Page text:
There are hundreds of examples of large, established companies being late to market or not offering the most compelling, technologically advanced solution in the market and still being a success. What one should remember, as an entrepreneur of a start-up company is that large, established companies have many different ways to enter into and then dominating a new market. In many instances, early entry or a compelling technology, product or service offering are not necessarily the paths forward to success, for these large, established companies. In addition, these same large companies should not be counted out as competitors, even if their market entry point to addressing a given market is not obvious. As has been shown, more often than not, it is these same large, established companies that can immediately change the dynamics of the market due to their market presence, channel ownership, established name, and the massive amount of discretionary resources available to them.  So entrepreneurs be aware, do not ignore the “800 pound gorillas” they can and will change the competitive landscape of burgeoning markets, more often than not, to the detriment of your start-up company.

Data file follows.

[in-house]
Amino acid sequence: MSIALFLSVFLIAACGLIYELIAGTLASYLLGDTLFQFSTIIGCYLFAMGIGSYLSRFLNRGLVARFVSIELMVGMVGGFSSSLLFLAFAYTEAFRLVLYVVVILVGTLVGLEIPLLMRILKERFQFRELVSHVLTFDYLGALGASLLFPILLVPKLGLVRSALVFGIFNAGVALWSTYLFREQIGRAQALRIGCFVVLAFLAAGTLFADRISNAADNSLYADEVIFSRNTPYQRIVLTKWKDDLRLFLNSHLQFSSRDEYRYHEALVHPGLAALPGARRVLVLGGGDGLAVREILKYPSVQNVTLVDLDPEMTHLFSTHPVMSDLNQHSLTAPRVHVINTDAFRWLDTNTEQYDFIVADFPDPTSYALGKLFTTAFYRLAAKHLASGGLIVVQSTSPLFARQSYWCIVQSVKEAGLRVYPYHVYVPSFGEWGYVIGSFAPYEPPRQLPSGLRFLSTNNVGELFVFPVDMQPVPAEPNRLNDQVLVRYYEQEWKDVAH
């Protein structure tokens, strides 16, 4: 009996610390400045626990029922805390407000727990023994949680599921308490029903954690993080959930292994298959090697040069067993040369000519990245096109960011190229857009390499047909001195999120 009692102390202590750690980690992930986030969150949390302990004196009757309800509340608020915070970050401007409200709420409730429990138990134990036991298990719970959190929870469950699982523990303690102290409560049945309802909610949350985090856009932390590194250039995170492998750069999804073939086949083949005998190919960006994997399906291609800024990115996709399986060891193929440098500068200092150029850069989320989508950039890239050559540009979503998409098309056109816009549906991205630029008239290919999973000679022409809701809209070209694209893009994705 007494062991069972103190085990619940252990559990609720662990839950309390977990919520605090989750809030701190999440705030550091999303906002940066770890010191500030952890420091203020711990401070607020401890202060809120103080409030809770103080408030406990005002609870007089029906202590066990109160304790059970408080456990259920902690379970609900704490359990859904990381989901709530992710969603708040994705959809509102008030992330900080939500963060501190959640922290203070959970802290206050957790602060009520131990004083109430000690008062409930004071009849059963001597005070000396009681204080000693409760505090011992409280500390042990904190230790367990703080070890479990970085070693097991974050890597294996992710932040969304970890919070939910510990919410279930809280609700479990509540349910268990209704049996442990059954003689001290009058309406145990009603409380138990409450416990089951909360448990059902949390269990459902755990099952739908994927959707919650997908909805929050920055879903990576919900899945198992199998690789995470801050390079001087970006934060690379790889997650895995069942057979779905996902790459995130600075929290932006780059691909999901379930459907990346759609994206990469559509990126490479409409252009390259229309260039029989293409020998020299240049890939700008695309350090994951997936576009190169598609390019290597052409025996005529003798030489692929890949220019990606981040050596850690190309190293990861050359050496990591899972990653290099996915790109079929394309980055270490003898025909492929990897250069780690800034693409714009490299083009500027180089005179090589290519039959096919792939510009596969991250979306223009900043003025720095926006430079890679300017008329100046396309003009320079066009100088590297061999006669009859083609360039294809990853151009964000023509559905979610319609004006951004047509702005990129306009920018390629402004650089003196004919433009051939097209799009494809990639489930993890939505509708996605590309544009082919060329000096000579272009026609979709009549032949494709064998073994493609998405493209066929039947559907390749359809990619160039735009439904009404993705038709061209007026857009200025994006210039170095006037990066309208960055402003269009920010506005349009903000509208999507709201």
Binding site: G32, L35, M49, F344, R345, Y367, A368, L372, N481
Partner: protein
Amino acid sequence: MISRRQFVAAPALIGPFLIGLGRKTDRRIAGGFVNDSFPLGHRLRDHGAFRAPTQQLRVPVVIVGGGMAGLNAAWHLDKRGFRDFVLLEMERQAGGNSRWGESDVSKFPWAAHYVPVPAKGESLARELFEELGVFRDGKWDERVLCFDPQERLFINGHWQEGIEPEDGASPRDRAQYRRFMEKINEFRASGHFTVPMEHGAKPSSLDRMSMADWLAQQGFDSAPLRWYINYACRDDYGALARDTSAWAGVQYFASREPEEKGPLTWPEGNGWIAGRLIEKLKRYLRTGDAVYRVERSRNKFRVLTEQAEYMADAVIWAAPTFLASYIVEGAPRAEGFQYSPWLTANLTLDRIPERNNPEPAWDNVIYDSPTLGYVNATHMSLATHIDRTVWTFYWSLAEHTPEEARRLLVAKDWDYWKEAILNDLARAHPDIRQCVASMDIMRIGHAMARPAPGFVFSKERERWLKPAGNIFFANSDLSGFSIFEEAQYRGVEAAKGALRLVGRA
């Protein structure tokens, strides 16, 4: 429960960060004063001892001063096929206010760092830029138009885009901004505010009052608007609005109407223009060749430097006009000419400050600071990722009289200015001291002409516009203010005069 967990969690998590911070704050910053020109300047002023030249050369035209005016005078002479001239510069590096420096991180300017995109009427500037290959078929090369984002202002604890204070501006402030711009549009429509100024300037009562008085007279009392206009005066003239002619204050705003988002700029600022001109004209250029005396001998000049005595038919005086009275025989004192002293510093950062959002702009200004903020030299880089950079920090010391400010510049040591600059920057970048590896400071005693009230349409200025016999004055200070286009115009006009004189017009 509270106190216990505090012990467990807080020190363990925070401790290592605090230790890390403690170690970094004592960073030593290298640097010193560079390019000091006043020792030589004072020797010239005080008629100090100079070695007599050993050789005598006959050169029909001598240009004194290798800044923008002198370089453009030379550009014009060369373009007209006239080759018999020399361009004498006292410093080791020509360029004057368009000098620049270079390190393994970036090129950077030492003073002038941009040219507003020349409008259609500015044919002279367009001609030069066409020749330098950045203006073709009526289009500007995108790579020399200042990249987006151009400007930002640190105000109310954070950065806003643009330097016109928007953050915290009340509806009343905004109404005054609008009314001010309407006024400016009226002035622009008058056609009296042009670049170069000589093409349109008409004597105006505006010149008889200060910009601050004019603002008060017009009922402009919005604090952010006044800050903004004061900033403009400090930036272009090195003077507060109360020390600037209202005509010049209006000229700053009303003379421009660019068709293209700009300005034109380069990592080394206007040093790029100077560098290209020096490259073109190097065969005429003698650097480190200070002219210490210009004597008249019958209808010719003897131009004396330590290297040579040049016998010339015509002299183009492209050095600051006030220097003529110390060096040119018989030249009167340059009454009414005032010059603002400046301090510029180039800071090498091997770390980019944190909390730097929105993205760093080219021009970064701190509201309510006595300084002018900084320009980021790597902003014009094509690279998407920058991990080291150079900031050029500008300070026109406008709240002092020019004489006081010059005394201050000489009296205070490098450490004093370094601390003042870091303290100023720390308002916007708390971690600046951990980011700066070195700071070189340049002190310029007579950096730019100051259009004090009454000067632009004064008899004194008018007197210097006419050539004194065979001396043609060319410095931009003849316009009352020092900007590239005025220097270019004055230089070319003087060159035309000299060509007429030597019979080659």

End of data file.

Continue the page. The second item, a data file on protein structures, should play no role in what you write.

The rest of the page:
This information was taken from Robert’s new book: “Business Planning, Business Plans and Venture Funding – A Definitive Reference Guide for Start-up Companies”.  Available at  For more information on the book go to

[1] ARPANET (Advanced Research Projects Agency Network) developed by DARPA of the United States Department of Defense, was the world’s first operational packet switching network, and the predecessor of the global Internet.

July 27, 2009 Posted by | Business Development, Business Planning, Competition, Large Established Companies, Market Traction, start-up, Venture Capital, venture finance, Venture Funding | 1 Comment